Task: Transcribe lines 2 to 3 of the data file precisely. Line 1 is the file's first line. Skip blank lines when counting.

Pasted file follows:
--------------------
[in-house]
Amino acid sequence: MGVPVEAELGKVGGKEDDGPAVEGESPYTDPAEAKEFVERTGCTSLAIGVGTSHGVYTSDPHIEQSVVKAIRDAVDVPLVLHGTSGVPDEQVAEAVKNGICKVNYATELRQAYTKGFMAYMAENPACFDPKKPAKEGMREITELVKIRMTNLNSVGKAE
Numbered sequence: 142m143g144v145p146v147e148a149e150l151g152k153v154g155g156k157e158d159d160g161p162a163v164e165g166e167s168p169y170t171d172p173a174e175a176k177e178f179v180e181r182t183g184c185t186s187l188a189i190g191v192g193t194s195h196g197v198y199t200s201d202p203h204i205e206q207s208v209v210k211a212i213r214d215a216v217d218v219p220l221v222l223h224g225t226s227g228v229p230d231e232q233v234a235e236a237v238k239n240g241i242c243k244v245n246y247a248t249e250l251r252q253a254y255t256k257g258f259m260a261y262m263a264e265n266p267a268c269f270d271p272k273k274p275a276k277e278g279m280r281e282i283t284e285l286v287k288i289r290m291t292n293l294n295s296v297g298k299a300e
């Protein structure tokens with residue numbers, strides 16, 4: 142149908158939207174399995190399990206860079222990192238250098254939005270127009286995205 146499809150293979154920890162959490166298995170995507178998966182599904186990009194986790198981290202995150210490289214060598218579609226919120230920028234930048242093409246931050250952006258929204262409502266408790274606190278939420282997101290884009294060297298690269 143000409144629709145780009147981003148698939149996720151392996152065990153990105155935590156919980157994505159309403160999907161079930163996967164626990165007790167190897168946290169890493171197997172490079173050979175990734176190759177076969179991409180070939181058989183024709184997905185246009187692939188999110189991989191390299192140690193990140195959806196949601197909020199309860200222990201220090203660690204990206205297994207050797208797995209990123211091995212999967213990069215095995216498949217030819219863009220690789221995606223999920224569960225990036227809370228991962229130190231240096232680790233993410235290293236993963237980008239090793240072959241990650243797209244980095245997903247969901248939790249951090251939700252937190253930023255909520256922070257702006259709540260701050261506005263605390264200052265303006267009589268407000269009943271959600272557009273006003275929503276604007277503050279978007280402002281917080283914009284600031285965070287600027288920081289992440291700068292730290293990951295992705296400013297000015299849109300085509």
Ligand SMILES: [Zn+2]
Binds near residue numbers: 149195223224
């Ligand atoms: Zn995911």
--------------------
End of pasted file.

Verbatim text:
Amino acid sequence: MGVPVEAELGKVGGKEDDGPAVEGESPYTDPAEAKEFVERTGCTSLAIGVGTSHGVYTSDPHIEQSVVKAIRDAVDVPLVLHGTSGVPDEQVAEAVKNGICKVNYATELRQAYTKGFMAYMAENPACFDPKKPAKEGMREITELVKIRMTNLNSVGKAE
Numbered sequence: 142m143g144v145p146v147e148a149e150l151g152k153v154g155g156k157e158d159d160g161p162a163v164e165g166e167s168p169y170t171d172p173a174e175a176k177e178f179v180e181r182t183g184c185t186s187l188a189i190g191v192g193t194s195h196g197v198y199t200s201d202p203h204i205e206q207s208v209v210k211a212i213r214d215a216v217d218v219p220l221v222l223h224g225t226s227g228v229p230d231e232q233v234a235e236a237v238k239n240g241i242c243k244v245n246y247a248t249e250l251r252q253a254y255t256k257g258f259m260a261y262m263a264e265n266p267a268c269f270d271p272k273k274p275a276k277e278g279m280r281e282i283t284e285l286v287k288i289r290m291t292n293l294n295s296v297g298k299a300e